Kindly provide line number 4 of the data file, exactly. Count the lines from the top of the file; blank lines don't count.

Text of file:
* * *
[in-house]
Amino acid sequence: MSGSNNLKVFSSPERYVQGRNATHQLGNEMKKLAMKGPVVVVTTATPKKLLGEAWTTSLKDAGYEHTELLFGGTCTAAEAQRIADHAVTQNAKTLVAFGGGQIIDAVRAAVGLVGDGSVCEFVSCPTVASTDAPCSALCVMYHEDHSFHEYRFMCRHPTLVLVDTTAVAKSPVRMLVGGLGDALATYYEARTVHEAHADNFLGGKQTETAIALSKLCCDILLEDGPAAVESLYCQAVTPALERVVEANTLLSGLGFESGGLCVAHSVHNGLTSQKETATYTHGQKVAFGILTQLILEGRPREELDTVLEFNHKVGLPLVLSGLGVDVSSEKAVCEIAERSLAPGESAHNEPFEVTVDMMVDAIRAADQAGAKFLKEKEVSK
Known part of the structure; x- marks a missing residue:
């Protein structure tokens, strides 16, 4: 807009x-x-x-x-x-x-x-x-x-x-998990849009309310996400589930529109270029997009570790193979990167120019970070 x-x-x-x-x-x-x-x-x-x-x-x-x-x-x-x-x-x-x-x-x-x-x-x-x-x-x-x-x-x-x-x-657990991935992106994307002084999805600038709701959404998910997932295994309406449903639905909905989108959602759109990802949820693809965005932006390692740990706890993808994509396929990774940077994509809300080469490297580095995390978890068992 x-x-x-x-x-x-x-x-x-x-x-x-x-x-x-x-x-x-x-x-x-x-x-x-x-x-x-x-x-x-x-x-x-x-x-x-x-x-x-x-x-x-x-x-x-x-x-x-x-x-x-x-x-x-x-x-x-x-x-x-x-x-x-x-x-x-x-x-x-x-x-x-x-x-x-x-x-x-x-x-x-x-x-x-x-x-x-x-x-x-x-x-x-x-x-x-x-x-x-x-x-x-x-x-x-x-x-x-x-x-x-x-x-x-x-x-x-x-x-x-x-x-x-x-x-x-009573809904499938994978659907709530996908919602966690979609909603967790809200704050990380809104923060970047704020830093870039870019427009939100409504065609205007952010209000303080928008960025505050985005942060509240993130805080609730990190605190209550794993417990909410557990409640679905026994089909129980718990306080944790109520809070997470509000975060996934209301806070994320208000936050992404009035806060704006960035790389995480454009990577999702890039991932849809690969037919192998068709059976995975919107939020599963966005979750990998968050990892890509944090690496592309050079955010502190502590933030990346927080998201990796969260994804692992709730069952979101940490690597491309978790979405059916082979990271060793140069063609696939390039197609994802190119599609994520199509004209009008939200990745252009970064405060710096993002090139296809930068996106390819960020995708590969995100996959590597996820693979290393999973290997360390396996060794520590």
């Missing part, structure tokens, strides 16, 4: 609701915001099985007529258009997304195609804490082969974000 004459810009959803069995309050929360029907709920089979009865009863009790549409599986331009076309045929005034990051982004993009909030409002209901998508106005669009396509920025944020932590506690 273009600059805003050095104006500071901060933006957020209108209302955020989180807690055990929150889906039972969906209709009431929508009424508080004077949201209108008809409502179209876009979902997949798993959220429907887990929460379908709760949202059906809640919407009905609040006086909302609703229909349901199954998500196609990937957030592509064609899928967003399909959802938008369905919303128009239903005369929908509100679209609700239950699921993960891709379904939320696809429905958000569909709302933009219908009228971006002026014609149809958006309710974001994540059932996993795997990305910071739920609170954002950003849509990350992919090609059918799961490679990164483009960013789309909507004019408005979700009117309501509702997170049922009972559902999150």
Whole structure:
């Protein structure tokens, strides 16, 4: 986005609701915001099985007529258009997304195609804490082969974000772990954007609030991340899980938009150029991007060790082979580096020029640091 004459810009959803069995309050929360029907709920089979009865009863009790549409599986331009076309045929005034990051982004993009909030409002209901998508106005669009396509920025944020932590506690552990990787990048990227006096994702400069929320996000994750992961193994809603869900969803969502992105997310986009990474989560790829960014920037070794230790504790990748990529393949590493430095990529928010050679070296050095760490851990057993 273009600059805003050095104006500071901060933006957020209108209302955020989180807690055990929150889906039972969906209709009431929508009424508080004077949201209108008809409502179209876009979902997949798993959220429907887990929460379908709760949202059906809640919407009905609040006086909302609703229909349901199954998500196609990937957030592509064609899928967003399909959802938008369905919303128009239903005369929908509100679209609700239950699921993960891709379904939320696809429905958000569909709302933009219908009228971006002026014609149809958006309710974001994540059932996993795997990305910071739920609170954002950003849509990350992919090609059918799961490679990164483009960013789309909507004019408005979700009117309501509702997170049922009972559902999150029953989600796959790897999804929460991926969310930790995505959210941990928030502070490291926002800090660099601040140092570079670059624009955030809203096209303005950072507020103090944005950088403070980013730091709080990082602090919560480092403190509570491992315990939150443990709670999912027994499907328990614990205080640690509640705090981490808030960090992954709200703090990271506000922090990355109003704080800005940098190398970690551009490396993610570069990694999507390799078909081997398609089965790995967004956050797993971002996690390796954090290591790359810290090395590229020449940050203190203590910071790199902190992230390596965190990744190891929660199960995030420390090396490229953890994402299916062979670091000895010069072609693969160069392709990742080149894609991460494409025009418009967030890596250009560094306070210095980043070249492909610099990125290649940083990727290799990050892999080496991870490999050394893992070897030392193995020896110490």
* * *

């Protein structure tokens, strides 16, 4: 807009x-x-x-x-x-x-x-x-x-x-998990849009309310996400589930529109270029997009570790193979990167120019970070 x-x-x-x-x-x-x-x-x-x-x-x-x-x-x-x-x-x-x-x-x-x-x-x-x-x-x-x-x-x-x-x-657990991935992106994307002084999805600038709701959404998910997932295994309406449903639905909905989108959602759109990802949820693809965005932006390692740990706890993808994509396929990774940077994509809300080469490297580095995390978890068992 x-x-x-x-x-x-x-x-x-x-x-x-x-x-x-x-x-x-x-x-x-x-x-x-x-x-x-x-x-x-x-x-x-x-x-x-x-x-x-x-x-x-x-x-x-x-x-x-x-x-x-x-x-x-x-x-x-x-x-x-x-x-x-x-x-x-x-x-x-x-x-x-x-x-x-x-x-x-x-x-x-x-x-x-x-x-x-x-x-x-x-x-x-x-x-x-x-x-x-x-x-x-x-x-x-x-x-x-x-x-x-x-x-x-x-x-x-x-x-x-x-x-x-x-x-x-009573809904499938994978659907709530996908919602966690979609909603967790809200704050990380809104923060970047704020830093870039870019427009939100409504065609205007952010209000303080928008960025505050985005942060509240993130805080609730990190605190209550794993417990909410557990409640679905026994089909129980718990306080944790109520809070997470509000975060996934209301806070994320208000936050992404009035806060704006960035790389995480454009990577999702890039991932849809690969037919192998068709059976995975919107939020599963966005979750990998968050990892890509944090690496592309050079955010502190502590933030990346927080998201990796969260994804692992709730069952979101940490690597491309978790979405059916082979990271060793140069063609696939390039197609994802190119599609994520199509004209009008939200990745252009970064405060710096993002090139296809930068996106390819960020995708590969995100996959590597996820693979290393999973290997360390396996060794520590």